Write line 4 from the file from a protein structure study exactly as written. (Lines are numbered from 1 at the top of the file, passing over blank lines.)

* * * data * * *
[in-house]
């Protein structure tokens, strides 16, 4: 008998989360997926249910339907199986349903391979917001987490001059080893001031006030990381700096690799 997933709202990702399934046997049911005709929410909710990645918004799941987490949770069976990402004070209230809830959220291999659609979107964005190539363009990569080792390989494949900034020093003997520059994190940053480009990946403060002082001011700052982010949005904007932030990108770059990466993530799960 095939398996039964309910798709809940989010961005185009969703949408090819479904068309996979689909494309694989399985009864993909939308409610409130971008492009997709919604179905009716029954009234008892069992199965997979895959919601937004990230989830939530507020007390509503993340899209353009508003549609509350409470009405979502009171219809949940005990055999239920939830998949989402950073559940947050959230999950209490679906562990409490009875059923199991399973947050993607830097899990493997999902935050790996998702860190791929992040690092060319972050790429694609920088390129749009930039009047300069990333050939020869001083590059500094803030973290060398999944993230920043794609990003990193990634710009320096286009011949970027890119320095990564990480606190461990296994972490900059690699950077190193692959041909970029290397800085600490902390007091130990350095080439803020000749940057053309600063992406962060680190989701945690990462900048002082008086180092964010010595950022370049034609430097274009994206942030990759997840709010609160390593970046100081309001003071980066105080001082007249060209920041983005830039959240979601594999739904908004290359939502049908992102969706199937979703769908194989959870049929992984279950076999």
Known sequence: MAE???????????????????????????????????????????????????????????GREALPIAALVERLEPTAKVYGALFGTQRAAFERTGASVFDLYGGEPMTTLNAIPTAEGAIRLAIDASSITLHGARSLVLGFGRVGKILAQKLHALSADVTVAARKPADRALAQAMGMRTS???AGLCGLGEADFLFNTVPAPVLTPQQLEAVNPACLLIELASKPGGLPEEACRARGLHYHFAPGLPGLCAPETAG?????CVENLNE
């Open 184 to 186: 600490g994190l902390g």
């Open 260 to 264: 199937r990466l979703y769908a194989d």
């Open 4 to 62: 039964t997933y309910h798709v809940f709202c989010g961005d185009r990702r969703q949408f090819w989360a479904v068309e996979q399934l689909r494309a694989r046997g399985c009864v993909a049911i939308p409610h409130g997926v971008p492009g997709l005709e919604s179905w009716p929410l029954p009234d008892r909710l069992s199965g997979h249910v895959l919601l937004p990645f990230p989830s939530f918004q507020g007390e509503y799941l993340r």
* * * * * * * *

């Open 184 to 186: 600490g994190l902390g």